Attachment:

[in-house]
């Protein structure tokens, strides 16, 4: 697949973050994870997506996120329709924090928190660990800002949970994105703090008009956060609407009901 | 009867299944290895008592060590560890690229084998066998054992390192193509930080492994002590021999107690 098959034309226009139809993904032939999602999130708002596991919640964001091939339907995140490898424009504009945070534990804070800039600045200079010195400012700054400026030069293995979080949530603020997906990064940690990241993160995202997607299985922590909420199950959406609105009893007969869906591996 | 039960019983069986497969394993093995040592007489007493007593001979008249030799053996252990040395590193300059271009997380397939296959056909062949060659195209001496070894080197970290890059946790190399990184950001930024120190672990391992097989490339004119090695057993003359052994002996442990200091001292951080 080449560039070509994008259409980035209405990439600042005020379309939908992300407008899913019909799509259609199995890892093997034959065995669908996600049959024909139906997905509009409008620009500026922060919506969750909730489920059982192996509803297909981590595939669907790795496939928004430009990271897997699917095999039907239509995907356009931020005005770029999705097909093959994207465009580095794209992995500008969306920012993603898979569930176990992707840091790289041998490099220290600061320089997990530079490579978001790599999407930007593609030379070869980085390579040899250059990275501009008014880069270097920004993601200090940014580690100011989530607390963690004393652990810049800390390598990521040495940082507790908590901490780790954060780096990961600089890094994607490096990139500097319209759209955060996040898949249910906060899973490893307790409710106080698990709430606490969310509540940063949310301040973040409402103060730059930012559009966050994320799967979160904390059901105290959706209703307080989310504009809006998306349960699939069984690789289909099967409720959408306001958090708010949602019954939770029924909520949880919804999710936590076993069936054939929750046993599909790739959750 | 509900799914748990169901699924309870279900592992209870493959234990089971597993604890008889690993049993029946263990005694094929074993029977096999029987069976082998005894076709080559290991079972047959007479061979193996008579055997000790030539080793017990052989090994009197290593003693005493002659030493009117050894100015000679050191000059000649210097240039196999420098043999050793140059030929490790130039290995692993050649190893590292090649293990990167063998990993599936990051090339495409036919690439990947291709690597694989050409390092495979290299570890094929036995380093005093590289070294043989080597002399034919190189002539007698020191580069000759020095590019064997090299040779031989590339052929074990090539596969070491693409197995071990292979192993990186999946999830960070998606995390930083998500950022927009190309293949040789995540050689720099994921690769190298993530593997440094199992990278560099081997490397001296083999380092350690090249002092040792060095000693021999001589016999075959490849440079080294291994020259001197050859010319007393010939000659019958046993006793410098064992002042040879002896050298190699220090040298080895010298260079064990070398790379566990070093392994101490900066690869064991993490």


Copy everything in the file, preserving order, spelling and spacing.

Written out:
[in-house]
């Protein structure tokens, strides 16, 4: 697949973050994870997506996120329709924090928190660990800002949970994105703090008009956060609407009901 | 009867299944290895008592060590560890690229084998066998054992390192193509930080492994002590021999107690 098959034309226009139809993904032939999602999130708002596991919640964001091939339907995140490898424009504009945070534990804070800039600045200079010195400012700054400026030069293995979080949530603020997906990064940690990241993160995202997607299985922590909420199950959406609105009893007969869906591996 | 039960019983069986497969394993093995040592007489007493007593001979008249030799053996252990040395590193300059271009997380397939296959056909062949060659195209001496070894080197970290890059946790190399990184950001930024120190672990391992097989490339004119090695057993003359052994002996442990200091001292951080 080449560039070509994008259409980035209405990439600042005020379309939908992300407008899913019909799509259609199995890892093997034959065995669908996600049959024909139906997905509009409008620009500026922060919506969750909730489920059982192996509803297909981590595939669907790795496939928004430009990271897997699917095999039907239509995907356009931020005005770029999705097909093959994207465009580095794209992995500008969306920012993603898979569930176990992707840091790289041998490099220290600061320089997990530079490579978001790599999407930007593609030379070869980085390579040899250059990275501009008014880069270097920004993601200090940014580690100011989530607390963690004393652990810049800390390598990521040495940082507790908590901490780790954060780096990961600089890094994607490096990139500097319209759209955060996040898949249910906060899973490893307790409710106080698990709430606490969310509540940063949310301040973040409402103060730059930012559009966050994320799967979160904390059901105290959706209703307080989310504009809006998306349960699939069984690789289909099967409720959408306001958090708010949602019954939770029924909520949880919804999710936590076993069936054939929750046993599909790739959750 | 509900799914748990169901699924309870279900592992209870493959234990089971597993604890008889690993049993029946263990005694094929074993029977096999029987069976082998005894076709080559290991079972047959007479061979193996008579055997000790030539080793017990052989090994009197290593003693005493002659030493009117050894100015000679050191000059000649210097240039196999420098043999050793140059030929490790130039290995692993050649190893590292090649293990990167063998990993599936990051090339495409036919690439990947291709690597694989050409390092495979290299570890094929036995380093005093590289070294043989080597002399034919190189002539007698020191580069000759020095590019064997090299040779031989590339052929074990090539596969070491693409197995071990292979192993990186999946999830960070998606995390930083998500950022927009190309293949040789995540050689720099994921690769190298993530593997440094199992990278560099081997490397001296083999380092350690090249002092040792060095000693021999001589016999075959490849440079080294291994020259001197050859010319007393010939000659019958046993006793410098064992002042040879002896050298190699220090040298080895010298260079064990070398790379566990070093392994101490900066690869064991993490």